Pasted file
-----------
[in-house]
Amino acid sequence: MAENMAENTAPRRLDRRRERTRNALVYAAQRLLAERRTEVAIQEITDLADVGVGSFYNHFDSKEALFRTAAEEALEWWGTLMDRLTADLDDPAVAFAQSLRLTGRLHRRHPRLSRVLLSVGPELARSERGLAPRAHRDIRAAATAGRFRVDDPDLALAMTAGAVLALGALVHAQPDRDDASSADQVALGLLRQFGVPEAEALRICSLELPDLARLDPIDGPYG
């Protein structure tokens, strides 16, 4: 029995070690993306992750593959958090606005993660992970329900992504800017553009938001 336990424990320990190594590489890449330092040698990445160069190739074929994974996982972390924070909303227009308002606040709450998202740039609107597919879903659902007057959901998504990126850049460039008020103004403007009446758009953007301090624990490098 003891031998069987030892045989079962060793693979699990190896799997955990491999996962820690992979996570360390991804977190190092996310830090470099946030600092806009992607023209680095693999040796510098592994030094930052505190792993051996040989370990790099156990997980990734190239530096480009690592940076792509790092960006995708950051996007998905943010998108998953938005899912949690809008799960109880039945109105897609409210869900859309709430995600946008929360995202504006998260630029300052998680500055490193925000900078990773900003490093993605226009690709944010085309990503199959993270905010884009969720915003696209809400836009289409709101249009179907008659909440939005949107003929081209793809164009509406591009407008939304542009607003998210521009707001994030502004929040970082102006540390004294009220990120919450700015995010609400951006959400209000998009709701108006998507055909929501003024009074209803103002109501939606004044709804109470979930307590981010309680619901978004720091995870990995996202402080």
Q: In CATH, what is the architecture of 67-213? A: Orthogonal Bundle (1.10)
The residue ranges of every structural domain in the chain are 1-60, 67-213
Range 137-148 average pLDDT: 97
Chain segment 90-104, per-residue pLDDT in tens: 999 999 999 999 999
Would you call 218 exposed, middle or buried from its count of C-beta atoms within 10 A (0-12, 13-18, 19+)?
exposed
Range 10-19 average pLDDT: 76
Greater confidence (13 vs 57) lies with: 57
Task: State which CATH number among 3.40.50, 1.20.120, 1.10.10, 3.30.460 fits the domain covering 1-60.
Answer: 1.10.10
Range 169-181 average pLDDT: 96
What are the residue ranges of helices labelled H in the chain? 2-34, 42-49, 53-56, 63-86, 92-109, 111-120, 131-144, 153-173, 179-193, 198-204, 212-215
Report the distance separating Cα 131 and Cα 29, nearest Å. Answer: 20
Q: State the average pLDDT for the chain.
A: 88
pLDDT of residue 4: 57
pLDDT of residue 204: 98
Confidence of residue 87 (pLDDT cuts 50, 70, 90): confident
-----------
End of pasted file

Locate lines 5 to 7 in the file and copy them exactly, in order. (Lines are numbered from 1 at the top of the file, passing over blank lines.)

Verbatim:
The residue ranges of every structural domain in the chain are 1-60, 67-213
Range 137-148 average pLDDT: 97
Chain segment 90-104, per-residue pLDDT in tens: 999 999 999 999 999